Sunday, February 28, 2010

The Times does it again

Today there's an article by Ben Webster in the Times (UK) that claims "The University of East Anglia wrote this week to the House of Commons Science and Technology Committee giving the impression that it had been exonerated by the Information Commissioner’s Office (ICO)."

The 'evidence' Webster provides is that both the University and the Deputy Information Commissioner agree that the Deputy Information Commissioner based recent comments solely on prima facie evidence from stolen emails. In fact, given that both the University and the Deputy Information Commissioner both agree that there has not yet even been any investigation, it's hard to see why the University would claim it has been exonerated. Indeed the University hasn't made any such claim.

The UEA memo to the House of Commons committee actually states:
3.7.6 On 22 January 2010, the Information Commissioner’s Office (ICO) released a statement to a journalist, which was widely misinterpreted in the media as a finding by the ICO that UEA had breached Section 77 of the FOIA by withholding raw data. A subsequent letter to UEA from the ICO (29 January 2010) indicated that no breach of the law has been established; that the evidence the ICO had in mind about whether there was a breach was no more than prima facie; and that the FOI request at issue did not concern raw data but private email exchanges.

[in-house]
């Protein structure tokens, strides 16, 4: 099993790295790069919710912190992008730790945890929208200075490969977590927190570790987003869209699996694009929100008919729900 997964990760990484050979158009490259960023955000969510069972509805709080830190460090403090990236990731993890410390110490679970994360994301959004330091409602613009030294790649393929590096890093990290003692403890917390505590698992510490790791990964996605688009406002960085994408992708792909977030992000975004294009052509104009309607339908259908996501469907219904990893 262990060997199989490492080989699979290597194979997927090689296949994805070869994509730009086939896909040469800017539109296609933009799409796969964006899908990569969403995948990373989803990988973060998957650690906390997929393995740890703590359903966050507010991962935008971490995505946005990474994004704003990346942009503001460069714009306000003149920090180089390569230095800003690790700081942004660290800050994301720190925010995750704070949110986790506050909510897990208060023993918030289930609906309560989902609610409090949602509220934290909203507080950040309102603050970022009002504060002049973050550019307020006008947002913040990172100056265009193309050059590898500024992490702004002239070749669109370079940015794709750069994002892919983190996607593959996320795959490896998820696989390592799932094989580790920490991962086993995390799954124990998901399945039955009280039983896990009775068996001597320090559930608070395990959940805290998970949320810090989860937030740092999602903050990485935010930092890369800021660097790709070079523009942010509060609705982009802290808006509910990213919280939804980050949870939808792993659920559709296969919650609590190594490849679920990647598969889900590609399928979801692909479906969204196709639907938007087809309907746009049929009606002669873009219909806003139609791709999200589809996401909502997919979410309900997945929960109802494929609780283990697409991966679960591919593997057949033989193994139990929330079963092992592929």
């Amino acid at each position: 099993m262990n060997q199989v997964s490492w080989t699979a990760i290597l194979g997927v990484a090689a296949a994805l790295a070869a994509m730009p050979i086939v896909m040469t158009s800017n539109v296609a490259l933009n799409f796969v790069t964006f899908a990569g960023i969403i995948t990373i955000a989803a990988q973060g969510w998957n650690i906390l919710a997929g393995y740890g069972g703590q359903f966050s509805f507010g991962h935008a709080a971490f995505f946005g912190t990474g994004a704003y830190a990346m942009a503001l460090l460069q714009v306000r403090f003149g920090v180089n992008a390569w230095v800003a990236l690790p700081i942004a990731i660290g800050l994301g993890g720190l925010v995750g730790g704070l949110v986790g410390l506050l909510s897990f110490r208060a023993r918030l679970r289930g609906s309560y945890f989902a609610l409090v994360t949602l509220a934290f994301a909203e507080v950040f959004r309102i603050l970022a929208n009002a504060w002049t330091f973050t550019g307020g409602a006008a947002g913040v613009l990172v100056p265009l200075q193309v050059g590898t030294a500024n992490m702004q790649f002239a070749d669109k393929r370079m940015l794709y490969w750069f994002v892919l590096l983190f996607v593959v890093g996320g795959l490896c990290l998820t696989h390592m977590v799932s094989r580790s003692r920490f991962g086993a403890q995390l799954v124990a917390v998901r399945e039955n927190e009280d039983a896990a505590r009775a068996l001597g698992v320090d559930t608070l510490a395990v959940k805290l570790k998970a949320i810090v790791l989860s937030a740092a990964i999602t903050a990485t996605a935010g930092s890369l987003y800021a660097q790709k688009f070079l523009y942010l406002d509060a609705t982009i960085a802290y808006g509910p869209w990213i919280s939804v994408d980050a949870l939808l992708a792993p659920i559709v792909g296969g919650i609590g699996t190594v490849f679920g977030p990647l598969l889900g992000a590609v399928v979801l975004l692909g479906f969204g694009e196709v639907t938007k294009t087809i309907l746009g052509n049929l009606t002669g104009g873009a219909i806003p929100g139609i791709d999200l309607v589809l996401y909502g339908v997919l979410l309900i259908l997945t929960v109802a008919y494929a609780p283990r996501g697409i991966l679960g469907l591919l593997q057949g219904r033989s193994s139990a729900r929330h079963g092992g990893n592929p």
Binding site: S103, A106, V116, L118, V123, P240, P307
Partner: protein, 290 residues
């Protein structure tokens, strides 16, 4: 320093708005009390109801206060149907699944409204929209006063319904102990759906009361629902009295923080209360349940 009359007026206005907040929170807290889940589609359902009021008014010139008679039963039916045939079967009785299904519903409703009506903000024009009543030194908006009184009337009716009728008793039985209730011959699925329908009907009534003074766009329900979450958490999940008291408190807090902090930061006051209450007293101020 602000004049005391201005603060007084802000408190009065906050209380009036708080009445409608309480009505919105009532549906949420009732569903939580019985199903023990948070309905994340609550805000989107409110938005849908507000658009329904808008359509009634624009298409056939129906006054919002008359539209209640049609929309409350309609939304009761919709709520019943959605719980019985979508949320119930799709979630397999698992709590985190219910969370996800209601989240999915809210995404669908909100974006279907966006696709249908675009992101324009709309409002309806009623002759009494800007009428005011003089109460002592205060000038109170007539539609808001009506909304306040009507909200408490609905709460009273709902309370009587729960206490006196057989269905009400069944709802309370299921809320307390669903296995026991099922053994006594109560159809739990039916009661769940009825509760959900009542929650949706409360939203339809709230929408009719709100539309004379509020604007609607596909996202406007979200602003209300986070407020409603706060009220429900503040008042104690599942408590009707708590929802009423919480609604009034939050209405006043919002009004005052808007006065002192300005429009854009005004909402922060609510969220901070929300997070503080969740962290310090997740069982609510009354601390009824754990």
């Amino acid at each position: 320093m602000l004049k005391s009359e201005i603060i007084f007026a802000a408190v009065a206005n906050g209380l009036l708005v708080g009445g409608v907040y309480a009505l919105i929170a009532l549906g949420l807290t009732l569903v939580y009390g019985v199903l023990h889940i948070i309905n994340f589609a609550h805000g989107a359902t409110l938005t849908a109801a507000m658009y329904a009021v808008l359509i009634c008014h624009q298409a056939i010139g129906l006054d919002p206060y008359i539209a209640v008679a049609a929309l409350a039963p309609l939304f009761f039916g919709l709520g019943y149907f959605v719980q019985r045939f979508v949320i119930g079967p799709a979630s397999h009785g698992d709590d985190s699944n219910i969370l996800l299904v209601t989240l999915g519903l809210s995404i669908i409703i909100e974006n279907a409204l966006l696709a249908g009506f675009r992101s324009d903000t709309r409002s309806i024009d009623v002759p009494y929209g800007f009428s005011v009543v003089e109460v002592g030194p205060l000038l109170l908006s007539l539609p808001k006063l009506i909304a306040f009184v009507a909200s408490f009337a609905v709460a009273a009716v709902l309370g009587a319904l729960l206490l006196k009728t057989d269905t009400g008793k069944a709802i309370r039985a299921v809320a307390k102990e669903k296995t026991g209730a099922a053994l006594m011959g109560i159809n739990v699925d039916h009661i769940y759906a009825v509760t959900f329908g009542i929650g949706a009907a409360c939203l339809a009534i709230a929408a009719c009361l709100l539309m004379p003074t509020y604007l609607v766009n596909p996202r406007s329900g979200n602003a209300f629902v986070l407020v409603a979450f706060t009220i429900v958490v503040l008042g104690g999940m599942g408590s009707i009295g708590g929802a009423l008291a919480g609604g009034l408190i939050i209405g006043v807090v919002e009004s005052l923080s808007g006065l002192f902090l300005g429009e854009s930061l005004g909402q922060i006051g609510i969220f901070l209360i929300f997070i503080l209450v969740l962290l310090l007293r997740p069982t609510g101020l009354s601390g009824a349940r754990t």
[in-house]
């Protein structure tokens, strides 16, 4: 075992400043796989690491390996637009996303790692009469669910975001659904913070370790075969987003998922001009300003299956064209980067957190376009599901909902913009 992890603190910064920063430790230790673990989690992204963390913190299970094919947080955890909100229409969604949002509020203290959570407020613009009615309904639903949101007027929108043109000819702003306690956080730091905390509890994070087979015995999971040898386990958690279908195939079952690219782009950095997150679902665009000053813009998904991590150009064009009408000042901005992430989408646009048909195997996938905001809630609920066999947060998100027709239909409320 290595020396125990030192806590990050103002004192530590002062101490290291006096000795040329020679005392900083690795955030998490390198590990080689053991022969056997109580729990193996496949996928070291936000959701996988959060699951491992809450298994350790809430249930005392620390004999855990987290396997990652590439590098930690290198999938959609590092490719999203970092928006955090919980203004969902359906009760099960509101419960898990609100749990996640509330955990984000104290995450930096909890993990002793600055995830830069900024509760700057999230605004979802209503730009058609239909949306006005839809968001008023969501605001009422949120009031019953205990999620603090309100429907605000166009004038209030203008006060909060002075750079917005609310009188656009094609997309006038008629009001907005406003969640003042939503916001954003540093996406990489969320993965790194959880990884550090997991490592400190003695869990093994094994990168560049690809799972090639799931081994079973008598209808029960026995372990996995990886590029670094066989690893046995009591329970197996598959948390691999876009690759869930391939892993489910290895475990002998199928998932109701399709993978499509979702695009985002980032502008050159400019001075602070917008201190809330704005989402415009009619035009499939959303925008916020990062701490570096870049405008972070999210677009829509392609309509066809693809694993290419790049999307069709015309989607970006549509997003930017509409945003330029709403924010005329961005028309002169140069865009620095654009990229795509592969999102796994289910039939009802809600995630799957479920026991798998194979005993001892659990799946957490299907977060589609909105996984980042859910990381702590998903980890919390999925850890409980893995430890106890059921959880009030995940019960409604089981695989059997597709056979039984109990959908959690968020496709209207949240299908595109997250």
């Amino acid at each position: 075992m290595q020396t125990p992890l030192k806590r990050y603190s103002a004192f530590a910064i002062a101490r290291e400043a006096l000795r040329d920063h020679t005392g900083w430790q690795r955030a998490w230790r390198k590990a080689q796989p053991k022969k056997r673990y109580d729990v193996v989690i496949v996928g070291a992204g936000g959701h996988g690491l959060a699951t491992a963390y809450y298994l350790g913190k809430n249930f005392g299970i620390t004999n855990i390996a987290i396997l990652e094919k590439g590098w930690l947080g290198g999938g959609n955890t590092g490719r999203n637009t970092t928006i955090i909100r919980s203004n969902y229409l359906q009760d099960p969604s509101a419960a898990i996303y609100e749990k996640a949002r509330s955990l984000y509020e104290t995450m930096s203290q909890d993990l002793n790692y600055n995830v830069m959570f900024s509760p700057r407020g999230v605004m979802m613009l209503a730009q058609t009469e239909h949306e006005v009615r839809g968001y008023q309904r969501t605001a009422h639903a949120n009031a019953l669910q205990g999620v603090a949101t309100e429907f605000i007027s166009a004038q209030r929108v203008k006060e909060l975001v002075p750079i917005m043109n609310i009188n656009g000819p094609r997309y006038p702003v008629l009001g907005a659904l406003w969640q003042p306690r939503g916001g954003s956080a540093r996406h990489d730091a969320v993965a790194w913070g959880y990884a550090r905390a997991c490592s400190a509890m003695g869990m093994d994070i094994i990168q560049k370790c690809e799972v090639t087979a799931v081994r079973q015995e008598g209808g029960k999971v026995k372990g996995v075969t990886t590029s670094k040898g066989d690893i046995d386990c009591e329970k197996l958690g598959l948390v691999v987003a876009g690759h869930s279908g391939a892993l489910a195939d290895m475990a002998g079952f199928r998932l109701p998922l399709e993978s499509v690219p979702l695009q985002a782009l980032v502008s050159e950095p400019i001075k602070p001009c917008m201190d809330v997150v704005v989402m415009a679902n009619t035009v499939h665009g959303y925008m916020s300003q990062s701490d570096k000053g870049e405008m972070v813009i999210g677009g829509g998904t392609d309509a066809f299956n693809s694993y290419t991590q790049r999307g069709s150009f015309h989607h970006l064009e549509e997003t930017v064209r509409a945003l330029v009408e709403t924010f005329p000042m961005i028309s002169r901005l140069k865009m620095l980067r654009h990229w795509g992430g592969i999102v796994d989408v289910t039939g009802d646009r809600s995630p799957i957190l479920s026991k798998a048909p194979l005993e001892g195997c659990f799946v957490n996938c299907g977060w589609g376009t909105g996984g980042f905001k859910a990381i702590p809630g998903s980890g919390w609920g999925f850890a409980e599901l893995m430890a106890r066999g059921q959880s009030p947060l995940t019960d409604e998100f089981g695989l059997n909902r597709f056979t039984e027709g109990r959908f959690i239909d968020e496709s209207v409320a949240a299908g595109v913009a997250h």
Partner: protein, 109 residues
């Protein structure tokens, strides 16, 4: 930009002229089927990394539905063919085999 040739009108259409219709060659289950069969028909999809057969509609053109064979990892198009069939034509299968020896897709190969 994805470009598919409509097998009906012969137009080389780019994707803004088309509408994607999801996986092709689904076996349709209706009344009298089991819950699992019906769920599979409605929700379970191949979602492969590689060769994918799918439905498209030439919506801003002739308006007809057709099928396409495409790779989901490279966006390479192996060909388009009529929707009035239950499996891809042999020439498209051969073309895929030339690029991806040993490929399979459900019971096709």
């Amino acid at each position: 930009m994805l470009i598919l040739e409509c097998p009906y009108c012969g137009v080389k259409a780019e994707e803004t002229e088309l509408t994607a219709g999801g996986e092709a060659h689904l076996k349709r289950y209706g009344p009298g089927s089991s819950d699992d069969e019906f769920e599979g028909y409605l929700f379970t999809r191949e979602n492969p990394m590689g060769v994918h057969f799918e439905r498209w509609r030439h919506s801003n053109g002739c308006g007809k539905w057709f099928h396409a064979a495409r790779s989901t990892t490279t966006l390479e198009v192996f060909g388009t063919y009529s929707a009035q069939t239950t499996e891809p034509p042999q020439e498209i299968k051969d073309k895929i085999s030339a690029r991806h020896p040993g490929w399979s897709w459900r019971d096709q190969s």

Another case of the Times getting carried away over nothing? There is arguably a prima facie case that it is Ben Webster of the Times who does not understand the difference between 'exonerated' and 'no breach of the law has been established'.

UPDATE - midday 28 Feb 10: Australia's very own showman (who finds it entertaining to mislead his readers), Herald-Sun blogger Andrew Bolt, has copied part of the TimesOnLine article and pasted it under his own leading paragraph:

It's amazing how many unfounded claims Bolt packs into the one short sentence he prefaces his copy and paste from the Times article.

First, contrary to what Bolt states, the university reports using the best information available, updating the records as necessary. The University drew the attention of the Parliamentary committee to the fact that the Office of the Information Commissioner has not found that the University nor any person involved in the matter has committed an offence. The OIC has not yet investigated the matter, although it has stated there is a prima faciecase on the basis of the stolen emails. The University has issued a statement that it will cooperate fully if the OIC inquires into the matter.

Andrew rarely bothers with checking sources, but has strong talent as a rumour-monger, especially when the rumours have no basis in fact.

No comments:

Post a Comment